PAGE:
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Workbook for Designing, Implementing, and Evaluating a Sharps Injury Prevention Program


APPENDIX E ó Measuring the Cost of Sharps Injury Prevention


One of the processes associated with implementing a sharps injury prevention program is measuring the economic impact of prevention interventions, particularly as the latter contribute to a reduction in sharps injuries. This section discusses various costs that may be attributed to injuries and interventions and provides guidance on how to perform simple calculations that healthcare organizations can use to measure economic impact. These include methods to:

  • Assess the economic impact of injuries on the healthcare organization; and
  • Estimate the cost of implementing various devices with engineered sharps injury prevention features, including any reductions in cost that may be realized as a result of preventing injuries.

Method for Calculating the Cost of Needlesticks/Sharps Injuries

The calculation of needlestick/sharps injury costs described here is viewed from the perspective of direct and indirect costs †incurred by the healthcare organization to manage an exposed healthcare worker. For this reason, several types of costs are ignored. One type is fixed costs that may be associated with a needlestick prevention program, such as surveillance, administration, and building space, as these are not directly related to an individual needlestick event. Also ignored are costs that may be associated with seroconversion. Fortunately, seroconversion after an occupational exposure is a relatively rare event. When it does occur, the healthcare associated costs of treating the healthcare worker are often borne by a third party payer, e.g., workers compensation or a health insurance plan, and not the healthcare organization, although there are exceptions. Costs associated with any legal liability or change in compensation premiums also are not included. There are certain indirect intangible costs that also are not part of this calculation, such as any pain and suffering or societal impact resulting from an exposure or seroconversion. While all of these costs are important aspects of sharps injuries, they are difficult to quantify economically. However, it is important to acknowledge their importance whenever there is any discussion or presentation of information on the cost of sharps injuries in a healthcare organization.

Toolkit Resource for This Activity:

Sample Worksheet for Estimating the Annual and Average Cost of Needlesticks and Other Sharps-Related Injuries (see Appendix E-1)

Direct costs

There are two direct costs that are generally borne by a healthcare organization when a sharp injury occurs. These are:

  • Cost of baseline and follow-up laboratory testing of an exposed healthcare worker and testing the source patient, and
  • Cost of postexposure prophylaxis (PEP) and other treatment that might be provided.

However, if there are complications, such as side effects from PEP, these can add additional costs to managing needlestick injuries. Depending on how workers compensation is arranged, some of these costs may be diverted to a third party payer.† For this reason, it is important to determine what costs are borne by the organization when calculating the cost of a needlestick injury. Individuals in risk management may be able to assist in determining this information.

In certain circumstances, other direct costs may need to be considered. For example, if occupational exposures are managed through a contract with another provider, there may be a fee for each event or visit. Ultimately, any unique costs will need to be determined as part of the process of identifying costs associated with needlestick injuries.

Laboratory Testing Costs†

Laboratory costs should reflect the unit cost to the hospital of each test. If testing is performed outside the facility, the amount that the facility is charged to have the work performed should be used. Laboratory costs include those associated with routine baseline and follow-up antibody testing of exposed employees for HIV, HCV, and HBV.† Antibody testing of employees exposed to HIV is recommended a minimum of three times during the follow-up period, but some organizations follow employees for a year; HCV antibody testing of exposed employees is usually performed once, at four-six months after the exposure.†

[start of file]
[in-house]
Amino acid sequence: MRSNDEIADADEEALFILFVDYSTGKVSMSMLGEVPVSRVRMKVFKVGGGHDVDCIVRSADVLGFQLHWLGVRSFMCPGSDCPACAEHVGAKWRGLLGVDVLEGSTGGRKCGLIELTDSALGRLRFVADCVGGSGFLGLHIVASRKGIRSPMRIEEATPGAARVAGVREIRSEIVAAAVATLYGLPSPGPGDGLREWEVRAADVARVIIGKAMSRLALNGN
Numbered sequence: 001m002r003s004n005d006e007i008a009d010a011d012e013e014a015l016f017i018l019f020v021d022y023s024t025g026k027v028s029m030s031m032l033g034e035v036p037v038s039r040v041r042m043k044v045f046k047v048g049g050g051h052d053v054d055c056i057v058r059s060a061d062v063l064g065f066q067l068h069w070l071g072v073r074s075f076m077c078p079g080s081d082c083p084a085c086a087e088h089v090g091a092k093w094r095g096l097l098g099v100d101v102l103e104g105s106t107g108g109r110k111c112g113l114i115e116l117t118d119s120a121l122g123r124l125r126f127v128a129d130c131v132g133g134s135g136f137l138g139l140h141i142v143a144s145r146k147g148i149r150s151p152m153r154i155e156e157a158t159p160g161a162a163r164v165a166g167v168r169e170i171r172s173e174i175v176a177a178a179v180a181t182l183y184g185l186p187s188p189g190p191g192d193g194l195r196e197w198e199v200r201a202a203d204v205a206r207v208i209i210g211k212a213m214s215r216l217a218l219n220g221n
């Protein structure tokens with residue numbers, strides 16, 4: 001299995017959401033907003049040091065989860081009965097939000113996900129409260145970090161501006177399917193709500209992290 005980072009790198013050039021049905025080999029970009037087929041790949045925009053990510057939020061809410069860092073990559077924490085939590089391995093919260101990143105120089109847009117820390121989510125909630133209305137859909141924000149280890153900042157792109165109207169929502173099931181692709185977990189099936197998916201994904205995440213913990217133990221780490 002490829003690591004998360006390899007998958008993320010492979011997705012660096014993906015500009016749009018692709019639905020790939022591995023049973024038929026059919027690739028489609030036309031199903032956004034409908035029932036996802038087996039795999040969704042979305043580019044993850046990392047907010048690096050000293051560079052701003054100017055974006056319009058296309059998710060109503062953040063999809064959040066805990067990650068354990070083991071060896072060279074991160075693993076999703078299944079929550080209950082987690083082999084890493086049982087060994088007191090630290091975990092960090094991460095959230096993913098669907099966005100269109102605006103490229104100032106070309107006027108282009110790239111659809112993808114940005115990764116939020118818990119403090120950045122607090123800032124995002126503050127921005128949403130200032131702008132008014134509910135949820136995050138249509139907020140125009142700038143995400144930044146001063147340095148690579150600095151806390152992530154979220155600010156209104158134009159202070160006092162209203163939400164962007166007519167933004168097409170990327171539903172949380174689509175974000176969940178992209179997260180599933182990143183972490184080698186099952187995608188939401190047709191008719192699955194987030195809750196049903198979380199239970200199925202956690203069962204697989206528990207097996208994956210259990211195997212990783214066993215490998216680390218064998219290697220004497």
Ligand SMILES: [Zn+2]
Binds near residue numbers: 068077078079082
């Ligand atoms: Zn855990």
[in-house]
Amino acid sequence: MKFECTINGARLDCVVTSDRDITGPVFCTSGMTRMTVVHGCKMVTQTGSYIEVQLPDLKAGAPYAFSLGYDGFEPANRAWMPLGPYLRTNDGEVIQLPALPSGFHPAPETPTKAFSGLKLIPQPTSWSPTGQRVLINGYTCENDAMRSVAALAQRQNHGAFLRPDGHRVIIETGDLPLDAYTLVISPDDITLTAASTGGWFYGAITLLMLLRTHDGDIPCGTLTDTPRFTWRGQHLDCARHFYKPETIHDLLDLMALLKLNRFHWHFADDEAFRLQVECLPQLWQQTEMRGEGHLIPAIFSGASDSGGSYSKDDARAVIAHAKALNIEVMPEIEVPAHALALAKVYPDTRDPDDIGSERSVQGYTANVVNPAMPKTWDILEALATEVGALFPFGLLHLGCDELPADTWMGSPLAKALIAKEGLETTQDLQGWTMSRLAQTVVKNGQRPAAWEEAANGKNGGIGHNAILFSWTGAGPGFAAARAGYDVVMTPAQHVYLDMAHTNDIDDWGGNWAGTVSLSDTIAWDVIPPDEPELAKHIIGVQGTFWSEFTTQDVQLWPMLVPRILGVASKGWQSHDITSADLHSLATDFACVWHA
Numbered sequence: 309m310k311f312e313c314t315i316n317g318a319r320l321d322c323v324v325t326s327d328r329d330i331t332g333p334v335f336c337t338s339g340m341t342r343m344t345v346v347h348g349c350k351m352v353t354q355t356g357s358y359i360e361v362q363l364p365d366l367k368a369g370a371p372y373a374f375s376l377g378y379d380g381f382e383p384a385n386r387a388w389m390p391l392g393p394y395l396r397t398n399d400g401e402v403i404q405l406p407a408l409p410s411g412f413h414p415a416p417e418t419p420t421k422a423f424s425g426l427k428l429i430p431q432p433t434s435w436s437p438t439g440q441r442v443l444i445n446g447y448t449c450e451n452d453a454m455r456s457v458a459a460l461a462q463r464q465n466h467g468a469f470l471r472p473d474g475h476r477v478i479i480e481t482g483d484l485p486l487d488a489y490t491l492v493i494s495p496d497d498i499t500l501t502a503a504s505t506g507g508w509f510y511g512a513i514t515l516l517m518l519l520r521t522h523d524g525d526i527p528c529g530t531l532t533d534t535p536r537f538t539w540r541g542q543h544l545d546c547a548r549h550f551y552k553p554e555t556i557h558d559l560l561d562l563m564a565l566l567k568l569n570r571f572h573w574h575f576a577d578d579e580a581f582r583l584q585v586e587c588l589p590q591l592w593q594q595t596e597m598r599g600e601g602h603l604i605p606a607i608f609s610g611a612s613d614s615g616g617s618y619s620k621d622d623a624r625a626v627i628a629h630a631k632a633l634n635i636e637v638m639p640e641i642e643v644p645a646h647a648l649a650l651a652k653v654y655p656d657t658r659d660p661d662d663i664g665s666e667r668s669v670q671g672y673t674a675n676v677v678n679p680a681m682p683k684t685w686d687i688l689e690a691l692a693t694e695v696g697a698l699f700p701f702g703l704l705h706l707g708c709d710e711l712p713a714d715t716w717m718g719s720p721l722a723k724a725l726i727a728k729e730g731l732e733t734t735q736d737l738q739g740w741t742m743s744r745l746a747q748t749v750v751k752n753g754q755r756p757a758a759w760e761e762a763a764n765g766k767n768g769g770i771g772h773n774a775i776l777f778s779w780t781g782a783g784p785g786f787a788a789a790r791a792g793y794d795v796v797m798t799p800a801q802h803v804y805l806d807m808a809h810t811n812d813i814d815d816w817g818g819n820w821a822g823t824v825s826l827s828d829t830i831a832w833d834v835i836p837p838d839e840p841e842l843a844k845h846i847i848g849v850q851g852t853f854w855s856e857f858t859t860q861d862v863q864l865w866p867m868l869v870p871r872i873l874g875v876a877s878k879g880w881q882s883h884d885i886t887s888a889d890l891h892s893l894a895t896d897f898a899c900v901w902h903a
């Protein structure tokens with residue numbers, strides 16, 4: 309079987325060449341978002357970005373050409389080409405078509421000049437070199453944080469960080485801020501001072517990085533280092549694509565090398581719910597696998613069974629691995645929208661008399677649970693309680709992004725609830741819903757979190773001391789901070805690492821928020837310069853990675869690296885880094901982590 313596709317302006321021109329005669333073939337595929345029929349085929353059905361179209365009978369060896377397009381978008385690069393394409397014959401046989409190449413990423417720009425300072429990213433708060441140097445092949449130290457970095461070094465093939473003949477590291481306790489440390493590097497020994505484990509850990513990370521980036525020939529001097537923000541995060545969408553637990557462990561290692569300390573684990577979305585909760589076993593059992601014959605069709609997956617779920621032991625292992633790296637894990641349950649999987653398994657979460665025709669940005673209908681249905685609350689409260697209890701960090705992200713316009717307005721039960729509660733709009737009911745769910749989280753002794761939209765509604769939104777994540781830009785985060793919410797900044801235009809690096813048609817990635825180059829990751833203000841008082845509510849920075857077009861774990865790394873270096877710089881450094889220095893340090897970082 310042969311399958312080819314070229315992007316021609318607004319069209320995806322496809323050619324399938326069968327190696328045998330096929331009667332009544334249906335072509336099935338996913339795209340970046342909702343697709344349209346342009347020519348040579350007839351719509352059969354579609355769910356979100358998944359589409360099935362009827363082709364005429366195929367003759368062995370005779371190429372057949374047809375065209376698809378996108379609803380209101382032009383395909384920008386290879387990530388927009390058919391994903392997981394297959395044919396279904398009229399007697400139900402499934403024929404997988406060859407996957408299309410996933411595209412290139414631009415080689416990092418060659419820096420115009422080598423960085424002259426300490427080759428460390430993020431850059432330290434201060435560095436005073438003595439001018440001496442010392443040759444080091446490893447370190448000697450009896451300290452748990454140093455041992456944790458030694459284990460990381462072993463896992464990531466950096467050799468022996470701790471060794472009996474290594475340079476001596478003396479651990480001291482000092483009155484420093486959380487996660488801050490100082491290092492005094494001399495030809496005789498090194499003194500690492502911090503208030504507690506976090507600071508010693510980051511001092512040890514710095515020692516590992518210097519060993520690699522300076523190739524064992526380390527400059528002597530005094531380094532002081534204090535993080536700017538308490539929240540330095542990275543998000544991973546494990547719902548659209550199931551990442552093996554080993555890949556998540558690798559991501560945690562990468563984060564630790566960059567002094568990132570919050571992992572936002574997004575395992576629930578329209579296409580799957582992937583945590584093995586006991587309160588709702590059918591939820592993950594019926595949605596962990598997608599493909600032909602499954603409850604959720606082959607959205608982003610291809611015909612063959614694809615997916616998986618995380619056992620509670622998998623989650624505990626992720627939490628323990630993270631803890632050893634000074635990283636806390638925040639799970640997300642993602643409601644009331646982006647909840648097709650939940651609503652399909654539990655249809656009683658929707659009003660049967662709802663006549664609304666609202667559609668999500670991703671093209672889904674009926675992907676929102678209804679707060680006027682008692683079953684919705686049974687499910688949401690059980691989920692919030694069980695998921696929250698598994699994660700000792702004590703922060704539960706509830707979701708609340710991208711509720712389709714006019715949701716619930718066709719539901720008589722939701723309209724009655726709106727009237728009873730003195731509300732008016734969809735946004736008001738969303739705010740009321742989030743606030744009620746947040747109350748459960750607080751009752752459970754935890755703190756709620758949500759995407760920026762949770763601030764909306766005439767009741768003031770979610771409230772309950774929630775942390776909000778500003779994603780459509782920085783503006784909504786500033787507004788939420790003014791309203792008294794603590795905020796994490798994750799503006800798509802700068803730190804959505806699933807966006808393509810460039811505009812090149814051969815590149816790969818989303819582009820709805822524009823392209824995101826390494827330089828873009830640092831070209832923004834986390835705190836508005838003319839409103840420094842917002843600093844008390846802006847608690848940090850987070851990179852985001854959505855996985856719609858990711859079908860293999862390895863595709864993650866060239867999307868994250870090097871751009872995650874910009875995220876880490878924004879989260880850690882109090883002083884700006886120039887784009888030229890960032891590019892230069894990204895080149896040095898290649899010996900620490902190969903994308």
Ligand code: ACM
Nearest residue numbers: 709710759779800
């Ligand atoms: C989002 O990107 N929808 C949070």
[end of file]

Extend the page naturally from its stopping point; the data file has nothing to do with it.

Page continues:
In addition to employees, source patients are usually tested for HIV, HCV, and HBV if their serostatus is not know at the time of the exposure. If a facility pays directly for testing a source patient, the cost should be included in the calculation of needlestick costs. However, if such testing is charged to the patient or a third party, this cost is excluded from the cost estimate.

Other laboratory costs are associated with preventing and managing the side effects of postexposure prophylaxis (PEP). These include baseline and follow-up testing to monitor toxicity (e.g., blood count, renal profile, and hepatic profile) and may include pregnancy testing as well.†

Cost of Postexposure Prophylaxis (PEP)

Most of the cost of postexposure drugs will be for HIV PEP. However, there may be times when hepatitis B immune globulin is provided. The cost to the institutionís pharmacy to purchase each drug (not what it would charge a patient) should be the basis for determining cost. For each drug prescribed for PEP, a daily cost (based on the recommended daily dose) should be calculated. If the institution does not have PEP drugs on-site, then charges to the facility from outside pharmacies should be used.†

Costs Associated with† Preventing and PEP Side Effects

The cost of preventing adverse treatment effects generally includes the cost to the facility pharmacy of any antimotility and antiemetic agents prescribed. If prescriptions are filled through an off-site pharmacy, then charges to the facility should be used.

Indirect costs that may be considered

Whenever a sharps injury occurs, time and wages normally associated with assigned responsibilities are diverted to receiving or providing exposure-related care.† These are indirect costs and include:

  • Lost productivity associated with the time required for reporting and receiving initial and follow-up treatment for the exposure;
  • Healthcare provider time to evaluate and treat an employee; and
  • Healthcare provider time to evaluate and test the source patient, including obtaining informed consent for testing if applicable

More than one provider are often involved in managing a single exposure. For example, supervisors may initially assess the exposure and assist in completing the necessary report form; infection control personnel may assess transmission risks and perform other initial and follow-up services; the patientís physician may be called to obtain consent for source testing; and occupational health personnel have administrative and clinical duties associated with the exposure.† For some individuals (e.g., occupational health and infection control), this is part of their job responsibilities and for this reason is not considered a diversion of personnel resources.†